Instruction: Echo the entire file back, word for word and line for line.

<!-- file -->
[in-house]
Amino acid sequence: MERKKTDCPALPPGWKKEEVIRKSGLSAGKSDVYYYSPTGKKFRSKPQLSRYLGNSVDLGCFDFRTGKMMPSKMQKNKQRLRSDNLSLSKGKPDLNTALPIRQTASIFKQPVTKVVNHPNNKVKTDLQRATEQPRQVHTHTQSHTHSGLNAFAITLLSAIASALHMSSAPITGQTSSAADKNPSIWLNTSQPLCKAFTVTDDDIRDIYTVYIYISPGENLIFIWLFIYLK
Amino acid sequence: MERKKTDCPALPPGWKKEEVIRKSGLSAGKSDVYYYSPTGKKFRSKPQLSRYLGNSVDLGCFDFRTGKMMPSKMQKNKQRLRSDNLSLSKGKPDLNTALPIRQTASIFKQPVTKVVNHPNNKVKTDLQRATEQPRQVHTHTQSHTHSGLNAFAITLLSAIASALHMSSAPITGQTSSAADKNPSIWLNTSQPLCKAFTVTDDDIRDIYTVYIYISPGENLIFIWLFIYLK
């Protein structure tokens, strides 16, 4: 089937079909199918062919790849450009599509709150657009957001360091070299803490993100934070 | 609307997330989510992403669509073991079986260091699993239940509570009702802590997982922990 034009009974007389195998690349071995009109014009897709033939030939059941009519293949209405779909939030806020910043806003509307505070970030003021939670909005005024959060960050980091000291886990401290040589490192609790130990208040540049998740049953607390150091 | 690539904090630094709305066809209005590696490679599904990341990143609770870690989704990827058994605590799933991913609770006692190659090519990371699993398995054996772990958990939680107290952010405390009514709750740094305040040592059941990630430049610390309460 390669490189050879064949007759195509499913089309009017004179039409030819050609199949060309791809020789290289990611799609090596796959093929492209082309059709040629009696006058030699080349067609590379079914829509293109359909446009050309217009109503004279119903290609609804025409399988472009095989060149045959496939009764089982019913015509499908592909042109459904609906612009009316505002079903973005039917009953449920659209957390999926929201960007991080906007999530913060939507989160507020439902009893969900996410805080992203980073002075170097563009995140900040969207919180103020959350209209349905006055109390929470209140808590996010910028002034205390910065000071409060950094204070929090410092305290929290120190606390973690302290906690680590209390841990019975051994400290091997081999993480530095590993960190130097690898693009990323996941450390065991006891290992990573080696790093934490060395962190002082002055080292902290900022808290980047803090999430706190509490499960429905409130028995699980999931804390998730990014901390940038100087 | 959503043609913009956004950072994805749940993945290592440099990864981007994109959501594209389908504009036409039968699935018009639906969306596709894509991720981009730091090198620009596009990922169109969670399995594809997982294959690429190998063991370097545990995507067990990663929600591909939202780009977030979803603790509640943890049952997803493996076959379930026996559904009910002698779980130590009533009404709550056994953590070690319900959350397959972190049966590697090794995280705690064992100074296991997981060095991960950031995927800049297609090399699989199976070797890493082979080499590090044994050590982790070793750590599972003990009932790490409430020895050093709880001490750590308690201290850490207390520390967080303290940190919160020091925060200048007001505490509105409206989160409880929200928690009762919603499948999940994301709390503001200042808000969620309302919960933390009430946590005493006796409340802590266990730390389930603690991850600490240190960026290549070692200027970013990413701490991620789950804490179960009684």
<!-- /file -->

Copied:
[in-house]
Amino acid sequence: MERKKTDCPALPPGWKKEEVIRKSGLSAGKSDVYYYSPTGKKFRSKPQLSRYLGNSVDLGCFDFRTGKMMPSKMQKNKQRLRSDNLSLSKGKPDLNTALPIRQTASIFKQPVTKVVNHPNNKVKTDLQRATEQPRQVHTHTQSHTHSGLNAFAITLLSAIASALHMSSAPITGQTSSAADKNPSIWLNTSQPLCKAFTVTDDDIRDIYTVYIYISPGENLIFIWLFIYLK
Amino acid sequence: MERKKTDCPALPPGWKKEEVIRKSGLSAGKSDVYYYSPTGKKFRSKPQLSRYLGNSVDLGCFDFRTGKMMPSKMQKNKQRLRSDNLSLSKGKPDLNTALPIRQTASIFKQPVTKVVNHPNNKVKTDLQRATEQPRQVHTHTQSHTHSGLNAFAITLLSAIASALHMSSAPITGQTSSAADKNPSIWLNTSQPLCKAFTVTDDDIRDIYTVYIYISPGENLIFIWLFIYLK
């Protein structure tokens, strides 16, 4: 089937079909199918062919790849450009599509709150657009957001360091070299803490993100934070 | 609307997330989510992403669509073991079986260091699993239940509570009702802590997982922990 034009009974007389195998690349071995009109014009897709033939030939059941009519293949209405779909939030806020910043806003509307505070970030003021939670909005005024959060960050980091000291886990401290040589490192609790130990208040540049998740049953607390150091 | 690539904090630094709305066809209005590696490679599904990341990143609770870690989704990827058994605590799933991913609770006692190659090519990371699993398995054996772990958990939680107290952010405390009514709750740094305040040592059941990630430049610390309460 390669490189050879064949007759195509499913089309009017004179039409030819050609199949060309791809020789290289990611799609090596796959093929492209082309059709040629009696006058030699080349067609590379079914829509293109359909446009050309217009109503004279119903290609609804025409399988472009095989060149045959496939009764089982019913015509499908592909042109459904609906612009009316505002079903973005039917009953449920659209957390999926929201960007991080906007999530913060939507989160507020439902009893969900996410805080992203980073002075170097563009995140900040969207919180103020959350209209349905006055109390929470209140808590996010910028002034205390910065000071409060950094204070929090410092305290929290120190606390973690302290906690680590209390841990019975051994400290091997081999993480530095590993960190130097690898693009990323996941450390065991006891290992990573080696790093934490060395962190002082002055080292902290900022808290980047803090999430706190509490499960429905409130028995699980999931804390998730990014901390940038100087 | 959503043609913009956004950072994805749940993945290592440099990864981007994109959501594209389908504009036409039968699935018009639906969306596709894509991720981009730091090198620009596009990922169109969670399995594809997982294959690429190998063991370097545990995507067990990663929600591909939202780009977030979803603790509640943890049952997803493996076959379930026996559904009910002698779980130590009533009404709550056994953590070690319900959350397959972190049966590697090794995280705690064992100074296991997981060095991960950031995927800049297609090399699989199976070797890493082979080499590090044994050590982790070793750590599972003990009932790490409430020895050093709880001490750590308690201290850490207390520390967080303290940190919160020091925060200048007001505490509105409206989160409880929200928690009762919603499948999940994301709390503001200042808000969620309302919960933390009430946590005493006796409340802590266990730390389930603690991850600490240190960026290549070692200027970013990413701490991620789950804490179960009684």